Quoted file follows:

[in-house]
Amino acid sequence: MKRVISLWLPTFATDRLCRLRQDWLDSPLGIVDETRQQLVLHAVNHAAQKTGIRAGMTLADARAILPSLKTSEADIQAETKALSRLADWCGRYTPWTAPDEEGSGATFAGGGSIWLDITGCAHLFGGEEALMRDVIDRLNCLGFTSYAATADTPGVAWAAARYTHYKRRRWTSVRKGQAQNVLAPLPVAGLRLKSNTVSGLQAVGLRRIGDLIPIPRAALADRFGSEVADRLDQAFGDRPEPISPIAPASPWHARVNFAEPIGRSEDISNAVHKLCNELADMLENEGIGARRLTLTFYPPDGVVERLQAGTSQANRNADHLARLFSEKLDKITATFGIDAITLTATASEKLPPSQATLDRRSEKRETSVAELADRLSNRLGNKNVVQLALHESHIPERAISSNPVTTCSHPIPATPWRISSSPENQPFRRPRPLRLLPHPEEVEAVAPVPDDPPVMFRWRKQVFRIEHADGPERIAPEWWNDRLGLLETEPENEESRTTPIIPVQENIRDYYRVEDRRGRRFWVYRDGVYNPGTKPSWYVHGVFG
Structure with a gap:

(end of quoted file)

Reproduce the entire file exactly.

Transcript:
[in-house]
Amino acid sequence: MKRVISLWLPTFATDRLCRLRQDWLDSPLGIVDETRQQLVLHAVNHAAQKTGIRAGMTLADARAILPSLKTSEADIQAETKALSRLADWCGRYTPWTAPDEEGSGATFAGGGSIWLDITGCAHLFGGEEALMRDVIDRLNCLGFTSYAATADTPGVAWAAARYTHYKRRRWTSVRKGQAQNVLAPLPVAGLRLKSNTVSGLQAVGLRRIGDLIPIPRAALADRFGSEVADRLDQAFGDRPEPISPIAPASPWHARVNFAEPIGRSEDISNAVHKLCNELADMLENEGIGARRLTLTFYPPDGVVERLQAGTSQANRNADHLARLFSEKLDKITATFGIDAITLTATASEKLPPSQATLDRRSEKRETSVAELADRLSNRLGNKNVVQLALHESHIPERAISSNPVTTCSHPIPATPWRISSSPENQPFRRPRPLRLLPHPEEVEAVAPVPDDPPVMFRWRKQVFRIEHADGPERIAPEWWNDRLGLLETEPENEESRTTPIIPVQENIRDYYRVEDRRGRRFWVYRDGVYNPGTKPSWYVHGVFG
Structure with a gap: